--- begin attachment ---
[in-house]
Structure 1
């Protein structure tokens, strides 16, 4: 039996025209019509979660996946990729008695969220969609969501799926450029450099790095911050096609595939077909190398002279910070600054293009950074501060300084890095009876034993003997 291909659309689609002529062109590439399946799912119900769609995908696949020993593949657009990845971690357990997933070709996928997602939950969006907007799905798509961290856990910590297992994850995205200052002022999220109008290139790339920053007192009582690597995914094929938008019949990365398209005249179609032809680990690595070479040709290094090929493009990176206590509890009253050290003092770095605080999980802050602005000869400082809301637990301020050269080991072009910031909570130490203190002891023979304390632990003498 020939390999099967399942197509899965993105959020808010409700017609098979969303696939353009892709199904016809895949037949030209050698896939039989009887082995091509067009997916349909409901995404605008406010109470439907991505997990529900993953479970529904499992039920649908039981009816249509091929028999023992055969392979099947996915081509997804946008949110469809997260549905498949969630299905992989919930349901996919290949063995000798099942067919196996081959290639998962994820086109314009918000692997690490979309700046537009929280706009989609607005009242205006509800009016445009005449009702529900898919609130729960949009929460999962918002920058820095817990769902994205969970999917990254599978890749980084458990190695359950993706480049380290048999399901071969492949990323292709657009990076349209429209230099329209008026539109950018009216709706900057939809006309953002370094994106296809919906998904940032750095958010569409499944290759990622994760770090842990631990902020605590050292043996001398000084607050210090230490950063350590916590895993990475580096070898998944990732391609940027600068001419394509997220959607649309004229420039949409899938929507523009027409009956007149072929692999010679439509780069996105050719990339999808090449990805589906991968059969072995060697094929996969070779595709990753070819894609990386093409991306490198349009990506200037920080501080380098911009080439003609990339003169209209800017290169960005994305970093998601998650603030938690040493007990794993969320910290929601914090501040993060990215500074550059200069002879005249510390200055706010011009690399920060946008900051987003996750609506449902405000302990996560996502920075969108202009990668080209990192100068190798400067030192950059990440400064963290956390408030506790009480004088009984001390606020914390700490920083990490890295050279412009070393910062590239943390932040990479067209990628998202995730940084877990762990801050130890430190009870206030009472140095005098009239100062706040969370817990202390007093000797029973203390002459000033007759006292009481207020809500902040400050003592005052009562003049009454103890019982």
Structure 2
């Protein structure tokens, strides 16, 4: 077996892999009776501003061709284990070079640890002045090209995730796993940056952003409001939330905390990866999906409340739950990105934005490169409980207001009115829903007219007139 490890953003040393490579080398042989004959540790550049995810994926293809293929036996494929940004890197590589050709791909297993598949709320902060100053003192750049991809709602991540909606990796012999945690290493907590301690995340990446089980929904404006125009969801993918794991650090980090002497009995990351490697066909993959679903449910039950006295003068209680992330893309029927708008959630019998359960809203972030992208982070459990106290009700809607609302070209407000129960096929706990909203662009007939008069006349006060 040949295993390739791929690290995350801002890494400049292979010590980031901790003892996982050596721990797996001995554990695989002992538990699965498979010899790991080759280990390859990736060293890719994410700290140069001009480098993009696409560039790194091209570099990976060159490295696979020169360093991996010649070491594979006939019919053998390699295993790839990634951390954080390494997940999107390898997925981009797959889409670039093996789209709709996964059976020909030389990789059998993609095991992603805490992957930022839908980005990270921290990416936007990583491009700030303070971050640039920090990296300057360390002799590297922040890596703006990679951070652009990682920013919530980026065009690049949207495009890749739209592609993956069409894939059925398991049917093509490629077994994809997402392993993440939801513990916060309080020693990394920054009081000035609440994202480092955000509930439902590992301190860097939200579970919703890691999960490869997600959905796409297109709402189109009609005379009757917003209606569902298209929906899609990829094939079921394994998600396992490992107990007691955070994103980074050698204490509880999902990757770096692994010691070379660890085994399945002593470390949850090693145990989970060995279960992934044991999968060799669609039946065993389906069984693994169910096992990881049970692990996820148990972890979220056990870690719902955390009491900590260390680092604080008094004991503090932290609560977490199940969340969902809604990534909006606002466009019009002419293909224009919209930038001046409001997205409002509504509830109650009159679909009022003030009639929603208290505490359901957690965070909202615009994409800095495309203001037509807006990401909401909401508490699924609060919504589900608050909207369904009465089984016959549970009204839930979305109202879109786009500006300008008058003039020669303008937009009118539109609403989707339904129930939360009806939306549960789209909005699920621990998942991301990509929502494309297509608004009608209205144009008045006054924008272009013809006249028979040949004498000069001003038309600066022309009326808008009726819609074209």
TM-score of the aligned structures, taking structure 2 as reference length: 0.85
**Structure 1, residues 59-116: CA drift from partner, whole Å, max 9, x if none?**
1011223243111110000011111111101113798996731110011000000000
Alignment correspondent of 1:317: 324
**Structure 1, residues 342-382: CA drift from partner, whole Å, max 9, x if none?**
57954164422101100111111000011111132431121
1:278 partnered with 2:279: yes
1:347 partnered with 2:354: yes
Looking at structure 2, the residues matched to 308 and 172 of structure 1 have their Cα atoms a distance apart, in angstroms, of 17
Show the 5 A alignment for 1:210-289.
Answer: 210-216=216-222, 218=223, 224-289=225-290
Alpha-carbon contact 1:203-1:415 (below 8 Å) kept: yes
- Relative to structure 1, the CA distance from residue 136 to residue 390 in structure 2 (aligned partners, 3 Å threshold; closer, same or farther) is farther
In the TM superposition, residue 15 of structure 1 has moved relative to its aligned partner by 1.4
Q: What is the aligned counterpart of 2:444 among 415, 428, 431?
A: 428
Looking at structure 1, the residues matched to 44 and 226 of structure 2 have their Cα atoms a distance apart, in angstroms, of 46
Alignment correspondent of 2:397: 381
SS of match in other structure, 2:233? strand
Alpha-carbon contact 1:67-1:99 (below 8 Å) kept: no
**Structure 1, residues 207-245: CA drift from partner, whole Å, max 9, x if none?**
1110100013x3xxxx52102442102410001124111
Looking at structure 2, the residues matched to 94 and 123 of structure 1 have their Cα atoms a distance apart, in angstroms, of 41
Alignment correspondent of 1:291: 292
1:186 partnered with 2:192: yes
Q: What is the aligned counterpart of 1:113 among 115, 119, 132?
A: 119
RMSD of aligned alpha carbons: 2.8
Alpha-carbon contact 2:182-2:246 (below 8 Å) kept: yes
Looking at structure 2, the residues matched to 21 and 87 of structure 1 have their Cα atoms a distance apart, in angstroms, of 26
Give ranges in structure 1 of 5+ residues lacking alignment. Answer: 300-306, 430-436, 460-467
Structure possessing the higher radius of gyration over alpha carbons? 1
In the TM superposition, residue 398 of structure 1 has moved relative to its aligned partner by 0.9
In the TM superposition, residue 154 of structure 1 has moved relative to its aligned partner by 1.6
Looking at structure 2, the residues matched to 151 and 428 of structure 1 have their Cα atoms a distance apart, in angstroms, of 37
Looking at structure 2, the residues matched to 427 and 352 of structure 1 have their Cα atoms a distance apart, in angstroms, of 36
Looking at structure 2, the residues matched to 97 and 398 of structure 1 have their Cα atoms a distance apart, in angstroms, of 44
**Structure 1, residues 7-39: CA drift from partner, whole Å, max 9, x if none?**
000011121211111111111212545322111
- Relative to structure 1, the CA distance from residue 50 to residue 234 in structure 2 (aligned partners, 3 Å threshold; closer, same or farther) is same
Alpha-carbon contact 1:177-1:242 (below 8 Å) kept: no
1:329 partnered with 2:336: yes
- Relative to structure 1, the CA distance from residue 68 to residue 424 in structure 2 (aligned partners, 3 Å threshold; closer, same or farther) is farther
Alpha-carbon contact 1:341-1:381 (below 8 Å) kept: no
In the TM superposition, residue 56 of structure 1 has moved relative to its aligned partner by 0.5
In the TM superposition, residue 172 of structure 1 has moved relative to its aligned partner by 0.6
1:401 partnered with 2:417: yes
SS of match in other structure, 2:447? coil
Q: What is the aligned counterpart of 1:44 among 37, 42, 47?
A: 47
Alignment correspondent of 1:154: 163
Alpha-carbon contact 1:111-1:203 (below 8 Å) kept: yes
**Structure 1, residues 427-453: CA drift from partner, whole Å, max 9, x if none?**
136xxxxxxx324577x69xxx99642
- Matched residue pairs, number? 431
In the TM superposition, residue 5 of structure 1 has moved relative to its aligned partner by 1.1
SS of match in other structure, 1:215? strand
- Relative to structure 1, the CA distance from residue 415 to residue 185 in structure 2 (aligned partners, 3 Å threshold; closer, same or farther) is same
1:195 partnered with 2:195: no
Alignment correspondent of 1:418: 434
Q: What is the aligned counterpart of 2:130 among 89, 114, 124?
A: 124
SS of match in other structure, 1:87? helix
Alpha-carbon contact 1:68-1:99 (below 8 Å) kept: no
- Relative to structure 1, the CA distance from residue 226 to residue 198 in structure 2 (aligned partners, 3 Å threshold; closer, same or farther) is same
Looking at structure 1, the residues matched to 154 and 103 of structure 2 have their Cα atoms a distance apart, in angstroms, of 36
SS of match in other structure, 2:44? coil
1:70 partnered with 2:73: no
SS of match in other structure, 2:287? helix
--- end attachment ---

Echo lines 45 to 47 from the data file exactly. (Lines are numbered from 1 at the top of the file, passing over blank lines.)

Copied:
- Relative to structure 1, the CA distance from residue 50 to residue 234 in structure 2 (aligned partners, 3 Å threshold; closer, same or farther) is same
Alpha-carbon contact 1:177-1:242 (below 8 Å) kept: no
1:329 partnered with 2:336: yes